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Any tool that immediately shows boot time problems?

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To answer your Q: There was a tool - I forget it's name - that I recall I wrote about on the DC Forum some time (years) ago, when I was running WinXP. It was free, and it did a very thorough job of telling you what all the started proggies and services did during startup, and suggested how you could move startup sequences about to minimise the startup duration. I thought it was potentially very useful.

I stopped using it as I no longer needed it and it was itself a heavy overhead if you kept it in the startup queue.

@Shades makes a good point re the possibility that the hard disk could be failing. The symptoms you describe are what one could expect from a failing disk drive. So, as a first step, consider installing Hard Disk Sentinel and see what it says.

Without wishing to teach my grandmother to suck eggs, there could be several things causing the prolonged bootup time.
I have got used to being asked to make examinations of friend's PCs that are S-L-O-W. I usually do the following, in the "better safe than sorry" priority order given:

* Install and run a licenced copy of Malwarebytes. Set it to do a full scan. Remove the licence and uninstall it when done, unless the user is happy to pay for a licence, in which case buy a new licence and assign that to the installed proggy.
* Remove and expunge with prejudice any and all virus checkers except MS Security Essentials. If the latter is not installed, install and run it - do a full scan.
* Install and run Hard Disk Sentinel. Do this first if the hard disk is suspect.
* Install and run CCleaner. Clean up the disk for all relevant apps., then the Registry.
* Run Windows cleanmgr.exe - setting it to clean almost everything except error/performance logs, and delete old Restore Points.
* Install and Run Sysinternals' Autoruns. Scrutinise all startup processes and adjust as necessary. Delete all "File not found" lines.
* Install and run Process Hacker (in preference to Sysinternals' Process Explorer). Scrutinise all processes and services.
* Create a new temp folder C:\TEMP and assign Environment Variables .TMP and .TEMP to that folder.
* Install and run Everything (Search proggie). Scan the disk(s) for residual .TEMP, .TMP and .bak files and Temp folders and Cache folders, and delete any junk that can be safely deleted.
* Check and reset (if necessary to rebuild the search index) Windows Desktop Search settings. Unset any superfluous time-consuming settings.
* Run Windows defrag.
Somewhere amongst that lot you are likely to identify most problems and find out how to rectify the situation.

This page gives a simplified approach to boot log analysis:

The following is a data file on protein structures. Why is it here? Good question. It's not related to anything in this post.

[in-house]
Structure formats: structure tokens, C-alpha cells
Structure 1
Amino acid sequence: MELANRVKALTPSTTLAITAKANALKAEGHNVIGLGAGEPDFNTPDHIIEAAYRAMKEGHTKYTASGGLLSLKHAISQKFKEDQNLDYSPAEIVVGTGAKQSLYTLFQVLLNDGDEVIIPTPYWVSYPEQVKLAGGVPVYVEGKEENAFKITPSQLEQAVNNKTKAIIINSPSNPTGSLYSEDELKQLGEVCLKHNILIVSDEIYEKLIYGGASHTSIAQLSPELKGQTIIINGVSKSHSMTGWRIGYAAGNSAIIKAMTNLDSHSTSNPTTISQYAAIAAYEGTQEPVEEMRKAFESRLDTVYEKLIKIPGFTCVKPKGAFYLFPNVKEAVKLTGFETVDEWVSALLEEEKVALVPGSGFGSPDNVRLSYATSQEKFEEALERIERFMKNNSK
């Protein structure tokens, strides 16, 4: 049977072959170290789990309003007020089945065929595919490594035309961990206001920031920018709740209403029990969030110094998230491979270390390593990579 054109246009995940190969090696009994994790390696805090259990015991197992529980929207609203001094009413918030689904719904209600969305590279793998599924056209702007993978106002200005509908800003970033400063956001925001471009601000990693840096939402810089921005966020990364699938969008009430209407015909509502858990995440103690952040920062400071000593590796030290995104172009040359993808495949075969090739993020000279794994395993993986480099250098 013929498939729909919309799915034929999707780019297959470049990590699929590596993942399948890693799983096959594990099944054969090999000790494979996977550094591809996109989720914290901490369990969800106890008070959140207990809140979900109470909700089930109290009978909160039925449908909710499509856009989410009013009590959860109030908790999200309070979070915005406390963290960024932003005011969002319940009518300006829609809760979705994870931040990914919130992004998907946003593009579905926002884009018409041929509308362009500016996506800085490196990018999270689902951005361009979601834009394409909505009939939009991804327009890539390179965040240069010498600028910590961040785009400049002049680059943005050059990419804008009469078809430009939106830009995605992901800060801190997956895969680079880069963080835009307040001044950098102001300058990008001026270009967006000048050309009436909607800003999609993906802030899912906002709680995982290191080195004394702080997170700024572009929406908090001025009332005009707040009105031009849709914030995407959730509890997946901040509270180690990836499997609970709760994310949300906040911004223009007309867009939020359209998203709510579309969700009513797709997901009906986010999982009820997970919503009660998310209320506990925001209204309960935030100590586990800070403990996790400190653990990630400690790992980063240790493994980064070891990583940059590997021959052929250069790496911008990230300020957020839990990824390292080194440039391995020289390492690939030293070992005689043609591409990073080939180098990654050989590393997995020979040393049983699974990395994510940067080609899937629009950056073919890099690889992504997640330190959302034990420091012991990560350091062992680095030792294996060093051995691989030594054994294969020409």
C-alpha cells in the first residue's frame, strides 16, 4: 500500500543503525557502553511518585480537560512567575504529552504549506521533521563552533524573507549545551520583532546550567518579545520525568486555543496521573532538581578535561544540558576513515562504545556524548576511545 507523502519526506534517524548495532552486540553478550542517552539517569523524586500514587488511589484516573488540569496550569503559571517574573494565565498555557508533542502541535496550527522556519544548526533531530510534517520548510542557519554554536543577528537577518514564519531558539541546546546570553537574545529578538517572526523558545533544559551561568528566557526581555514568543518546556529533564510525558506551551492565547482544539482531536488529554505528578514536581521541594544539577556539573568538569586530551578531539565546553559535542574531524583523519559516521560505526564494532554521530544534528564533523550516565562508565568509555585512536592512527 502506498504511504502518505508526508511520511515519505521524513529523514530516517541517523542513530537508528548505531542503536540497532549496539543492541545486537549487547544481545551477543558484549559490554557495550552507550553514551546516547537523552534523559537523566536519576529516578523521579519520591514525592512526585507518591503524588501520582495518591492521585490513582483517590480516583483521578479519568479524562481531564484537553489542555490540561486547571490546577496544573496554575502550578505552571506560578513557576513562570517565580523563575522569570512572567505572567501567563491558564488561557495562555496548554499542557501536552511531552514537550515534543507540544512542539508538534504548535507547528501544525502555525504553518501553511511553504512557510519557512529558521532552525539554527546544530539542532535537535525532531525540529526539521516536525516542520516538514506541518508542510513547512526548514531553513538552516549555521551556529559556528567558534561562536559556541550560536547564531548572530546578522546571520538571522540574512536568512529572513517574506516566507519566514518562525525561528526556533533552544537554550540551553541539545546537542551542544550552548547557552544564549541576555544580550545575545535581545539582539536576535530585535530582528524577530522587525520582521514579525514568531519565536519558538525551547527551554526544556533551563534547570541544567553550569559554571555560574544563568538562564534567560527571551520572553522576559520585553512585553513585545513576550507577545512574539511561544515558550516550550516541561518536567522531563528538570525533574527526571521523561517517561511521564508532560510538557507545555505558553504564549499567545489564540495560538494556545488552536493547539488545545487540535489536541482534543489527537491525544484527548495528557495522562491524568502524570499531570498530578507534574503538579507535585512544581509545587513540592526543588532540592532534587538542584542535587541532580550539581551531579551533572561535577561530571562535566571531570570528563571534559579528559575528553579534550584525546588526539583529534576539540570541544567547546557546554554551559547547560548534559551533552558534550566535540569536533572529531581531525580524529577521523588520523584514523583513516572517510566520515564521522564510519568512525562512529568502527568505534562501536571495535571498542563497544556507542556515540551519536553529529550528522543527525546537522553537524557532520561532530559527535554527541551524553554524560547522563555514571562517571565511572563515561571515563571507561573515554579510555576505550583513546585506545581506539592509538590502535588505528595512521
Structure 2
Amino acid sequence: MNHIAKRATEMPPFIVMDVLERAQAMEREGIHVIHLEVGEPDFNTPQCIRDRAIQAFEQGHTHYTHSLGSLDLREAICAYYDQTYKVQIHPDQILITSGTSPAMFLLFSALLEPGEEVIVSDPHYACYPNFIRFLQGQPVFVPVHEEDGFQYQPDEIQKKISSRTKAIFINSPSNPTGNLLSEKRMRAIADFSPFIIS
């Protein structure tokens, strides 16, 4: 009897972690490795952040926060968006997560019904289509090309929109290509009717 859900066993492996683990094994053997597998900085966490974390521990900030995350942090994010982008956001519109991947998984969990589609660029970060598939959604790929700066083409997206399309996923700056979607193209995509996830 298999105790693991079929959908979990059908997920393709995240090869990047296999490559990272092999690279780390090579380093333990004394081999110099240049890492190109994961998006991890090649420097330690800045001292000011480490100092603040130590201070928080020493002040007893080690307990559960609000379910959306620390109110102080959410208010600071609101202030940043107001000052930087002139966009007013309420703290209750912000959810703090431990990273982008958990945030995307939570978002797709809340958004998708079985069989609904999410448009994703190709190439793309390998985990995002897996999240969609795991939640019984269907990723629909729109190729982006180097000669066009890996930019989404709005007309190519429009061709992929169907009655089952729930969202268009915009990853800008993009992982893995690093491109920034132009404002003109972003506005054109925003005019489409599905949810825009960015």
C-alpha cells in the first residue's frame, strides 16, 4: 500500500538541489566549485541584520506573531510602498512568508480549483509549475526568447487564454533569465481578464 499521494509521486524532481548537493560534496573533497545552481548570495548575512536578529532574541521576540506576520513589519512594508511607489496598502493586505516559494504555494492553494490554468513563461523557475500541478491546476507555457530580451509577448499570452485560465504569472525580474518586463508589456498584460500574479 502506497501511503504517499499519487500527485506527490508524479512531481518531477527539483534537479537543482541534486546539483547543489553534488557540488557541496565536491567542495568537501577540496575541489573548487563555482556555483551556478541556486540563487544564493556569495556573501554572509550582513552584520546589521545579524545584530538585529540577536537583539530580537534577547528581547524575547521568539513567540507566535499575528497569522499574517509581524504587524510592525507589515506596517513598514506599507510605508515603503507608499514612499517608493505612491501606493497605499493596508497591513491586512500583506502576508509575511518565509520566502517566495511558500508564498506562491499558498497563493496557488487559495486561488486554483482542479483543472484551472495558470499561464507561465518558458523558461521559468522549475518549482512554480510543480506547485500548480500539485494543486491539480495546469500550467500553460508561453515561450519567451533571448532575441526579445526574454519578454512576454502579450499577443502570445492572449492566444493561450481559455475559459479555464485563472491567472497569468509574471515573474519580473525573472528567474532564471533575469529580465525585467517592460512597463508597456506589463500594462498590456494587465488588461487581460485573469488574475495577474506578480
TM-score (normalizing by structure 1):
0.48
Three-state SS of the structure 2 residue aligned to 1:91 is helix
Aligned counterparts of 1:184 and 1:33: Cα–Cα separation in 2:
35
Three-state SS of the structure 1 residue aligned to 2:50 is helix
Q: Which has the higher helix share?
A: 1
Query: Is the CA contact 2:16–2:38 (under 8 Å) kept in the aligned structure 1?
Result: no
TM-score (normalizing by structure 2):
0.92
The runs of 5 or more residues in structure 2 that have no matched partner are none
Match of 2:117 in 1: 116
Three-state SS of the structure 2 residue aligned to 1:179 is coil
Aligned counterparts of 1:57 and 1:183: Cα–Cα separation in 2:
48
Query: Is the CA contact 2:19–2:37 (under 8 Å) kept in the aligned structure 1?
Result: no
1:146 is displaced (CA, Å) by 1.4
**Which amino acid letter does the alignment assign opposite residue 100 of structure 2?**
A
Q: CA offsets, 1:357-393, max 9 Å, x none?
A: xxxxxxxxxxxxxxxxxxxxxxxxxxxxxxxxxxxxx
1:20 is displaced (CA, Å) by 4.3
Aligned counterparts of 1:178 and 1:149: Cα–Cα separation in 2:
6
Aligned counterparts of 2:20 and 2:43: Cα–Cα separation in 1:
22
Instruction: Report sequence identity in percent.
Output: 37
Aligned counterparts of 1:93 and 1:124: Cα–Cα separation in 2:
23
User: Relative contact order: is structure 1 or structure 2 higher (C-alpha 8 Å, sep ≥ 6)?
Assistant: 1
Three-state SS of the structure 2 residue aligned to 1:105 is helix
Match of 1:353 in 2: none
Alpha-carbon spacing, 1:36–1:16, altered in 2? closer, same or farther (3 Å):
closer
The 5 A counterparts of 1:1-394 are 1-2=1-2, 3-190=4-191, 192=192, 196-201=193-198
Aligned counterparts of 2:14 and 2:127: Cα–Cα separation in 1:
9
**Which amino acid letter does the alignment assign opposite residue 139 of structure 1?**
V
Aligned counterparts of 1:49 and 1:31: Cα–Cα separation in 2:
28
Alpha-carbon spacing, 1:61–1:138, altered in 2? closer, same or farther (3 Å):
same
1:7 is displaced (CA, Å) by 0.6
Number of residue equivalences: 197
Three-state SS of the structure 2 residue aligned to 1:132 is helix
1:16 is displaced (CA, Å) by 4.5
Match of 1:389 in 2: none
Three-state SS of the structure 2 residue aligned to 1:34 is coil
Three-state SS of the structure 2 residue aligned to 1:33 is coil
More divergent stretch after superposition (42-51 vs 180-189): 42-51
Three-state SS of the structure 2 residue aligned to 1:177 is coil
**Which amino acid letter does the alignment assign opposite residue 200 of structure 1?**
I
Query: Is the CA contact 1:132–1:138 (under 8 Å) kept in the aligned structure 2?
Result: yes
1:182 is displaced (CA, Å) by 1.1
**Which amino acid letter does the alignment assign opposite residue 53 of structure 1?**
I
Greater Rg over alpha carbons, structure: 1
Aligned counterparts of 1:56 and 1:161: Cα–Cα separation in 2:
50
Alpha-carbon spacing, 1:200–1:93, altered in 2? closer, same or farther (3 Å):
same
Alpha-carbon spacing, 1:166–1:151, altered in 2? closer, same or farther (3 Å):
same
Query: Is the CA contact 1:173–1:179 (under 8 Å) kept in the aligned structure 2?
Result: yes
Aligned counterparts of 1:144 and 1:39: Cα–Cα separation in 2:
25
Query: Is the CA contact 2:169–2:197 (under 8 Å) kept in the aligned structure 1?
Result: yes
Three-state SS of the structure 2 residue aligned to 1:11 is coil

If the system successfully boots, but is slow to do so, I would just count the lines that start with
"did not load driver"  when booting in normal mode as those will time out.  Control f in notepad.  :)

IainB was talking about the tool: Soluto (MajorGeeks)

This tool shows you exactly how long each part and/or program in the boot procedure took...and where you can make the most gains. Pay attention to programs in the boot process which require access to internet to function. If there is VPN software installed, virtualization software installed or both, the Windows system registers multiple network cards with which it can work. Thing is that these network cards are accessed in order of priority, not all at once.

It could be useful to change the order of priority, because most network traffic uses the TCP protocol for the actual communication. This is an old protocol, which can wait for a maximum of 30 seconds before it assumes a network connection is bad. During that waiting period, the rest of Windows is waiting too. This TCP waiting period cannot be adjusted using the GUI in Windows, Microsoft has never made it part of any configuration setting anywhere in any version of Windows.

Only in the registry it can be adjusted, but is not advised to do so, unless you really know what you are doing. In any case, if the order of priority is set in such a way that only the last network card is able to create a working connection during boot, the TCP protocol can introduce long wait times in the boot procedure. If there are more than one piece of software that requires internet access during boot, TCP will introduce the same waiting period each time.

A tool like Soluto will give you a much better idea of where to look for solving long boot times.

An alternative to soluto: BootRacer (free for non-commercial purposes)

When you cleared up the boot mess, it is likely helpful to put up software that lets the owner of the system know when new installed software makes its way into the boot procedure again.
Tools like WinPatrol, Sterjo Startup Patrol or SpyBot Search 'n Destroy can help with that.

Edit 2:
Adjuste the Soluto link.

IainB was talking about the tool: Soluto
-Shades (March 09, 2017, 07:58 AM)
--- End quote ---

Unless I'm missing something at your link, that's a service, not a tool, owned by Asurion, the same people that do the after-market warranties.

Apologies, I think I linked to the wrong website  :-[

Here is a link (MajorGeeks) where you can download the Soluto installer.


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